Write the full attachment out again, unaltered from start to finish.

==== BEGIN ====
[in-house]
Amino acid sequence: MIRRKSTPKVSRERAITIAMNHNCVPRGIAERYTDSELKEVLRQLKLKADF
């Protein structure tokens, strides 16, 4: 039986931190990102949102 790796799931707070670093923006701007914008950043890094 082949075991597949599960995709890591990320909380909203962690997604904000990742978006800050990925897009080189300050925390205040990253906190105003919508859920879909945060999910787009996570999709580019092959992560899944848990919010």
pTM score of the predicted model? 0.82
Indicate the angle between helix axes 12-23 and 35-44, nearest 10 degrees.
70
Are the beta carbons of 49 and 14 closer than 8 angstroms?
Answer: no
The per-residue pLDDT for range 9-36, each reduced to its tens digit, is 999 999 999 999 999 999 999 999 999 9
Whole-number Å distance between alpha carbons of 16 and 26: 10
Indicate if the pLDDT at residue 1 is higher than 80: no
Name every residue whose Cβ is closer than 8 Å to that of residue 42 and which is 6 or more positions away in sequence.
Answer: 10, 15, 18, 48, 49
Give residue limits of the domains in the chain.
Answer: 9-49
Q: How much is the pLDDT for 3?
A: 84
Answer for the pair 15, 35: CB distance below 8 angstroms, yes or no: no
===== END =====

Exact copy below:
[in-house]
Amino acid sequence: MIRRKSTPKVSRERAITIAMNHNCVPRGIAERYTDSELKEVLRQLKLKADF
């Protein structure tokens, strides 16, 4: 039986931190990102949102 790796799931707070670093923006701007914008950043890094 082949075991597949599960995709890591990320909380909203962690997604904000990742978006800050990925897009080189300050925390205040990253906190105003919508859920879909945060999910787009996570999709580019092959992560899944848990919010």
pTM score of the predicted model? 0.82
Indicate the angle between helix axes 12-23 and 35-44, nearest 10 degrees.
70
Are the beta carbons of 49 and 14 closer than 8 angstroms?
Answer: no
The per-residue pLDDT for range 9-36, each reduced to its tens digit, is 999 999 999 999 999 999 999 999 999 9
Whole-number Å distance between alpha carbons of 16 and 26: 10
Indicate if the pLDDT at residue 1 is higher than 80: no
Name every residue whose Cβ is closer than 8 Å to that of residue 42 and which is 6 or more positions away in sequence.
Answer: 10, 15, 18, 48, 49
Give residue limits of the domains in the chain.
Answer: 9-49
Q: How much is the pLDDT for 3?
A: 84
Answer for the pair 15, 35: CB distance below 8 angstroms, yes or no: no